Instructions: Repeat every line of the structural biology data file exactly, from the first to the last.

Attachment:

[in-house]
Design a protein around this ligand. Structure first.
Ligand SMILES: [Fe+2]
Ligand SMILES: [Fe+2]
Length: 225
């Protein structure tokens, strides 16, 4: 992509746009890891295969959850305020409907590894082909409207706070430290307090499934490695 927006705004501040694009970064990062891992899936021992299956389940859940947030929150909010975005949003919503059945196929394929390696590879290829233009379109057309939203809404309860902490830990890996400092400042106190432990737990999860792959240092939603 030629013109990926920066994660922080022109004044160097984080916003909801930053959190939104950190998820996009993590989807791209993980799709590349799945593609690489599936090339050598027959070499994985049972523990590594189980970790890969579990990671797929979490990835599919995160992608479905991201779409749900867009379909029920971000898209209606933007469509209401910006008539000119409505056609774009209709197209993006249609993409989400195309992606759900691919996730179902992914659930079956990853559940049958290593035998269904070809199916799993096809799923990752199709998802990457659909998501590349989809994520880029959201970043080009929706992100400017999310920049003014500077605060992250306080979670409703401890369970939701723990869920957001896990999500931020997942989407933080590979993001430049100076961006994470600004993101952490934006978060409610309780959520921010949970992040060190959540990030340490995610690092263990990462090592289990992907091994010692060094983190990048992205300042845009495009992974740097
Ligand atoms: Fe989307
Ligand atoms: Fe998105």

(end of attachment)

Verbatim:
[in-house]
Design a protein around this ligand. Structure first.
Ligand SMILES: [Fe+2]
Ligand SMILES: [Fe+2]
Length: 225
């Protein structure tokens, strides 16, 4: 992509746009890891295969959850305020409907590894082909409207706070430290307090499934490695 927006705004501040694009970064990062891992899936021992299956389940859940947030929150909010975005949003919503059945196929394929390696590879290829233009379109057309939203809404309860902490830990890996400092400042106190432990737990999860792959240092939603 030629013109990926920066994660922080022109004044160097984080916003909801930053959190939104950190998820996009993590989807791209993980799709590349799945593609690489599936090339050598027959070499994985049972523990590594189980970790890969579990990671797929979490990835599919995160992608479905991201779409749900867009379909029920971000898209209606933007469509209401910006008539000119409505056609774009209709197209993006249609993409989400195309992606759900691919996730179902992914659930079956990853559940049958290593035998269904070809199916799993096809799923990752199709998802990457659909998501590349989809994520880029959201970043080009929706992100400017999310920049003014500077605060992250306080979670409703401890369970939701723990869920957001896990999500931020997942989407933080590979993001430049100076961006994470600004993101952490934006978060409610309780959520921010949970992040060190959540990030340490995610690092263990990462090592289990992907091994010692060094983190990048992205300042845009495009992974740097
Ligand atoms: Fe989307
Ligand atoms: Fe998105």